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Delicata Winter Squash

Delicata Winter Squash

Regular price $2.95 USD
Regular price Sale price $2.95 USD
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Cucurbita pepo

100 days —  The vines of 'Delicata' produce fruit that are three inches in diameter and six to eight inches long, cream colored with green stripes from the blossom to the stem end. The eating quality is excellent, with a fine texture and an almost sweet potato-like flavor. Because of these attributes, it has remained a very popular variety for well over one hundred years. 'Delicata' originally was introduced by Peter Henderson in 1893. They described it as follows:
"The ground color of this beautiful variety is orange yellow, splashed and striped with very dark green. The quality is splendid, being rich and dry, similar in this respect to the well-known Fordhook Squash. The Delicata is the earliest of any vine Squash that we have ever tested, and is so prolific that last season, from twelve hills of two plants each, 352 perfect Squashes were gathered. Although of small size, this variety is wonderfully solid and heavy, the seed cavities being very small. For private use, particularly, we can recommend this Squash, as it far surpasses in richness of flavor any of the large, old-fashioned sorts. In our trial grounds last season, we probably had 100 varieties and stocks of Squashes under test, but of all this number not one produced as many Squashes as the Delicata. As before stated, the great distinctive feature of this Squash is its extreme earliness; it matures about the same time as the Summer Squashes, and for early use will doubtless supplant this watery, tasteless class, while its extreme solidity renders it fully as good a keeper as any of the winter varieties. The Delicata is an "all season" Squash in a remarkable degree. We can highly recommend it."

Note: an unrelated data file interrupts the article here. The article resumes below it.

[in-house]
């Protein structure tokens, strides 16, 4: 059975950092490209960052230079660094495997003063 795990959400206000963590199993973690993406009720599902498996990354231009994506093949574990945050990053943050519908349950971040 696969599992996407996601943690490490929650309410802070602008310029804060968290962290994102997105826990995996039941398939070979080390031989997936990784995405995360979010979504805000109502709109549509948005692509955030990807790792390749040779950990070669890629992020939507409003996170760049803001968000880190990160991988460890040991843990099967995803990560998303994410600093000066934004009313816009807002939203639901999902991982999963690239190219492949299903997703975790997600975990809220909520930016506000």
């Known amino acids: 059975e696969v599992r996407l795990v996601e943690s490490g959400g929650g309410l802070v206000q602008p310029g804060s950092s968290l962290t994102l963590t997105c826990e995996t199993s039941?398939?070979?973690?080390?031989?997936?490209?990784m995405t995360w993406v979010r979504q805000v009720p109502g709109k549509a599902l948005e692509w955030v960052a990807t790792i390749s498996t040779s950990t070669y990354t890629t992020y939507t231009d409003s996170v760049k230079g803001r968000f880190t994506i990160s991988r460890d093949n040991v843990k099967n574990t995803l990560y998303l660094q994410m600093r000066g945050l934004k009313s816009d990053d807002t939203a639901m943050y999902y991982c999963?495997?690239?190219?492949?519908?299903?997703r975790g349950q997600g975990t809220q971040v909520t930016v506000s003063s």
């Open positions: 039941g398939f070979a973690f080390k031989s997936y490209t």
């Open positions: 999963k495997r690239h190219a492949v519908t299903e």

Each packet contains three grams, which is approximately 40 seeds.
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Planting Instructions: Choose a location that has warm, well-drained and fertile soil. Work in plenty of well composted organic matter and mulch established plants to conserve moisture, as squash are heavy water consumers. Sow directly into the garden after threat of frost has passed.

Here in the Maritime Northwest, it is common to plant seeds in hills. The hills are created by mounding up the soil about four to six inches high, twenty-four inches across at the base and flattened on the top. This allows the soil to be better warmed by the sun and provides better protection from heavy rain.

Sow five to six seeds, one inch deep, in hills or rows. Spacing is dependent on plant type. Vining varieties should be spaced on six foot centers while bush-types at twenty-four to thirty inches apart. When seeds germinate, cut off all but the strongest three or four seedlings.

When laying out your garden, remember to consider the growing habits of the varieties that you are planting. Some bush-types are compact while some vining types require a tremendous amount of space. Harvest time will also vary by type.